The band dives back into their more direct punk dexterity with Bayside next, the song giving an additional contagious coating its heavy bustle. It is the kind of goodness Green Day delivered back in their prime but with the devilment and heart of Authority Zero which has never wavered and now seems hungrier than ever as supported by the Clash meets Random hand like Revolution Riot, an inescapable stonking romping incitement, and Sevens with its melodic blaze of reflection and defiance.

There is a whiff of Strummer and co to next up La Diabla too, its festival of melodic sound and creative diversity a smouldering fire with more inventive flickers and magnetic exploits than most ferocious pyres of sound and energy. The track is sheer captivation with, as no doubt now you might expect, the listener’s physical participation at its finger tips.

The brassy stroll of Creepers has claws just as vigorously in feet and imagination straight after; its lyrical and musically feisty rock ‘n’ roll something akin to Russian punks Biting Elbows and an instinctive arousal of attitude and anthemic coupling while When We Rule the World simply hits the spot with its stylishly infectious canter. Certainly, like its successor, it is missing that little imaginative extra which set ears and album ablaze earlier but leaves pleasure rich and a greed for more slavering.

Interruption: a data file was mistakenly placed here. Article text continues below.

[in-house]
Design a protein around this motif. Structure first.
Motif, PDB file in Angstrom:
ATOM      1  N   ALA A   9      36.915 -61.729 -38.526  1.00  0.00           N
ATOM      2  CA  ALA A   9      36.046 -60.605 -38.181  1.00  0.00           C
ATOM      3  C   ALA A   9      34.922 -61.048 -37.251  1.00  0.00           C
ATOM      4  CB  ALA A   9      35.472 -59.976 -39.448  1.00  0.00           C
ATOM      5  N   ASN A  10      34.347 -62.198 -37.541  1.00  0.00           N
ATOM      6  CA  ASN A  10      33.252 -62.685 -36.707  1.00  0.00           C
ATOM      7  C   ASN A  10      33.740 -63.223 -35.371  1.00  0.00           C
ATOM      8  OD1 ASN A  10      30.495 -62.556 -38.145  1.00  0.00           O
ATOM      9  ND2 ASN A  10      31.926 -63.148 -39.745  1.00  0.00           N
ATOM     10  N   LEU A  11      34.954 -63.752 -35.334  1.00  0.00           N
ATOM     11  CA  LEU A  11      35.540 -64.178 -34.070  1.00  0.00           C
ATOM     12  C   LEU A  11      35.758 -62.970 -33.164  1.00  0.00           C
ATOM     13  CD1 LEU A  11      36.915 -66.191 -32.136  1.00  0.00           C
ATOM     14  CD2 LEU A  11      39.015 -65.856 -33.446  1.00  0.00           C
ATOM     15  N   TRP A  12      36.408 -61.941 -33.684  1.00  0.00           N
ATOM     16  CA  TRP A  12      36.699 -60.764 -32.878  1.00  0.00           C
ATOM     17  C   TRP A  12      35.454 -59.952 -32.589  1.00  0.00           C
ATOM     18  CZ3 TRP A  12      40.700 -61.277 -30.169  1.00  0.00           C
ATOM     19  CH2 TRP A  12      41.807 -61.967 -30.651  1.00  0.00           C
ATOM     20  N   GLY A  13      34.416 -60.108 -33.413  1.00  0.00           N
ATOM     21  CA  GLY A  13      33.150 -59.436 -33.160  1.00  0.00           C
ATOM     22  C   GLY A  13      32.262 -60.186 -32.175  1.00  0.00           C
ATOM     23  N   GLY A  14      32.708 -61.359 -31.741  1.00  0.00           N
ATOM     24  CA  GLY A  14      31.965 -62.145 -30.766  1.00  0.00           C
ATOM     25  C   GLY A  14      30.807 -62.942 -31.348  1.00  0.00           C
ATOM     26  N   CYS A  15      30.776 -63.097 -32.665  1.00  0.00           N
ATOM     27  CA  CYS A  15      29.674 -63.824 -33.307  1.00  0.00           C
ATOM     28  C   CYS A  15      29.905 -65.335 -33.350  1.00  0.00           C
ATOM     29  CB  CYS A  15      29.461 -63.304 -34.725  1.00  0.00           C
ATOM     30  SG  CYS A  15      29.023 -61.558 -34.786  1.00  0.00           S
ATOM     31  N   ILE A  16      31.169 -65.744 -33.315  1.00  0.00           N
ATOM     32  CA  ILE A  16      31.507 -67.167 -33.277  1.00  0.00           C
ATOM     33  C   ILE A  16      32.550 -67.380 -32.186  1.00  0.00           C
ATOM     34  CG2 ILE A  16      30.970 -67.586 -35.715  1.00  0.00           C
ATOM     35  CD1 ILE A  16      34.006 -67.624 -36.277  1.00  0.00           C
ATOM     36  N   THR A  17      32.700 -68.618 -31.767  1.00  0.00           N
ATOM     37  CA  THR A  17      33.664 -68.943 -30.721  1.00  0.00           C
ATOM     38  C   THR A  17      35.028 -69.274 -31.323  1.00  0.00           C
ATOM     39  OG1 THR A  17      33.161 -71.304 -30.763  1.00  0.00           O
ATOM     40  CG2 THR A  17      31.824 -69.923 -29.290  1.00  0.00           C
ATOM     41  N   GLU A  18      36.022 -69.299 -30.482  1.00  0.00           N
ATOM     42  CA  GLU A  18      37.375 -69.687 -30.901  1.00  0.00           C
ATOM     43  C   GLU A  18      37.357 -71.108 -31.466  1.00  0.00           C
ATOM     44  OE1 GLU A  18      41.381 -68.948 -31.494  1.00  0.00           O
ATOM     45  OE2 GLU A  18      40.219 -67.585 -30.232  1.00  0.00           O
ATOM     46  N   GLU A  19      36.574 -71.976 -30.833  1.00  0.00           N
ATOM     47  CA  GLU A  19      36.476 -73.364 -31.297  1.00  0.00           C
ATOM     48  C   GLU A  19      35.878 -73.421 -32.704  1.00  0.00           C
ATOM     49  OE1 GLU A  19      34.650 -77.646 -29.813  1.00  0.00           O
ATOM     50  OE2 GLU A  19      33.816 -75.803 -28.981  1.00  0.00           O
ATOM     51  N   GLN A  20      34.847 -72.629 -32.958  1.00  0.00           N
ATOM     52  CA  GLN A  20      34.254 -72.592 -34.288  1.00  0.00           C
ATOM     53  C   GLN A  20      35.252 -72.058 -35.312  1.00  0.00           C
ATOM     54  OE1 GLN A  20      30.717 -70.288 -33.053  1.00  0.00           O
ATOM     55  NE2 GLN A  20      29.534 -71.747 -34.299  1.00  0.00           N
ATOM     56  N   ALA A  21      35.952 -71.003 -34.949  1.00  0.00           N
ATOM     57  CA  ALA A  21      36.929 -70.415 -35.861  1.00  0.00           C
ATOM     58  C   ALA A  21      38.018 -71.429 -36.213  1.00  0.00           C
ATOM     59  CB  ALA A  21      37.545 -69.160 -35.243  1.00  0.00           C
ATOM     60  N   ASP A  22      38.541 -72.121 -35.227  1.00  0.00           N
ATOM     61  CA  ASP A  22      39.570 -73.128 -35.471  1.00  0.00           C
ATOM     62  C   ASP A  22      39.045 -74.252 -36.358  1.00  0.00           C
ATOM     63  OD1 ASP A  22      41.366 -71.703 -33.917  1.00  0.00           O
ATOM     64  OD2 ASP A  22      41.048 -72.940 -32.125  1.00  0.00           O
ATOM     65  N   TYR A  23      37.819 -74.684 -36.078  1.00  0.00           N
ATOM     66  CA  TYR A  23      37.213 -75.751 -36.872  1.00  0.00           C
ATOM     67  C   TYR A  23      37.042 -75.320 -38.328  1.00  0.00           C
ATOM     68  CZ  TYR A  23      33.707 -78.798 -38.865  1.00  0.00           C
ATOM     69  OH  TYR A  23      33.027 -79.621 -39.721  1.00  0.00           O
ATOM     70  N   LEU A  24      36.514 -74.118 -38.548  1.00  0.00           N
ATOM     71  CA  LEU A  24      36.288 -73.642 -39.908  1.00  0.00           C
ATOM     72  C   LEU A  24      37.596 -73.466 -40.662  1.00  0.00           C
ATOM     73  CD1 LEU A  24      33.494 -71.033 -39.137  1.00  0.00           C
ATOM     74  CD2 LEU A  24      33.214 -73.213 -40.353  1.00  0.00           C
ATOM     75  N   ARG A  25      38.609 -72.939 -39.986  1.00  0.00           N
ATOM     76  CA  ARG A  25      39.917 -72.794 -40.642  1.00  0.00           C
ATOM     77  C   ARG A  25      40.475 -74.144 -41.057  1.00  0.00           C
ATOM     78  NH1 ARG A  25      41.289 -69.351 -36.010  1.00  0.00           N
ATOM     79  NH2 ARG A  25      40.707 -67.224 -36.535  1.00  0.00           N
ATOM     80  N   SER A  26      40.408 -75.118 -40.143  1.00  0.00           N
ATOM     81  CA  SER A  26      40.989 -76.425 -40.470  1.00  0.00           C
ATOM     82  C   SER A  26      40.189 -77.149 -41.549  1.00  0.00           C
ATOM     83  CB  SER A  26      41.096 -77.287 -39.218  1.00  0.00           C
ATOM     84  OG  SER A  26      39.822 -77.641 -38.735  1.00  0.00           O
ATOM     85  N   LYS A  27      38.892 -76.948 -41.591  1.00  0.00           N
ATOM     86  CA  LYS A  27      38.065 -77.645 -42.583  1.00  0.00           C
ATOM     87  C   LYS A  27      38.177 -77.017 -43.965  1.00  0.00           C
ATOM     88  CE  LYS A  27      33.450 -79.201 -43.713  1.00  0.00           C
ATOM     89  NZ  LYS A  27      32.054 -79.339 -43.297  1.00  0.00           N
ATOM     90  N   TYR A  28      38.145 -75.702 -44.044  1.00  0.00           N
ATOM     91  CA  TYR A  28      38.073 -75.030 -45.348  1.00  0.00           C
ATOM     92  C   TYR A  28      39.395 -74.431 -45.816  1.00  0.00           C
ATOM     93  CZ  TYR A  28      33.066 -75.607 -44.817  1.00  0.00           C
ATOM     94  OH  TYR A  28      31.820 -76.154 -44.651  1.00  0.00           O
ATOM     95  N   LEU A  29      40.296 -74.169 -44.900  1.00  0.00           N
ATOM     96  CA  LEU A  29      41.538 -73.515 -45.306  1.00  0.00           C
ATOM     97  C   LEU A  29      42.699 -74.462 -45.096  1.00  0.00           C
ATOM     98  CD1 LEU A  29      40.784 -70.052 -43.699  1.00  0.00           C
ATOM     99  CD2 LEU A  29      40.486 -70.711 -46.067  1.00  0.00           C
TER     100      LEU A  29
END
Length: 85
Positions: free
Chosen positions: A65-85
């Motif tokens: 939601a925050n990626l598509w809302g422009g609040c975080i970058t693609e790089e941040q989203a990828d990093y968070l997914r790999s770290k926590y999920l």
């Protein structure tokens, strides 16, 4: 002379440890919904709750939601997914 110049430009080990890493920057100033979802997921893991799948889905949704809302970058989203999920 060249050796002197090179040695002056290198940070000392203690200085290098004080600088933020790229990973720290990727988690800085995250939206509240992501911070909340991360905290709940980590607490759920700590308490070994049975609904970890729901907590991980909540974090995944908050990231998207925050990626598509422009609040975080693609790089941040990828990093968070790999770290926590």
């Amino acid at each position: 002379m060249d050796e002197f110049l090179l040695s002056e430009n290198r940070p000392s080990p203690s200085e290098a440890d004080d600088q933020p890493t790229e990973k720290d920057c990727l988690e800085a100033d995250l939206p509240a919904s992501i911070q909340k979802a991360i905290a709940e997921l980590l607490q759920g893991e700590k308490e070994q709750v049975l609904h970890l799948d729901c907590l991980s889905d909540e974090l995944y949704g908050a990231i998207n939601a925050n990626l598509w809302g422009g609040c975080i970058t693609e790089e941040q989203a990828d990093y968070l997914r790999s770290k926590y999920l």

One Way Track Kid mixes all its shades of rock in its cry; hard, melodic, and punk rock as boisterous as the other in its dynamic bellow before No Guts No Glory brings things to a fine close with a punk assault as old school, raw, and incendiary as it is fresh, melodic, and galvanic. With a sniff of Flogging Molly to its glory, the song is a heady conclusion to an anthemically intoxicating release.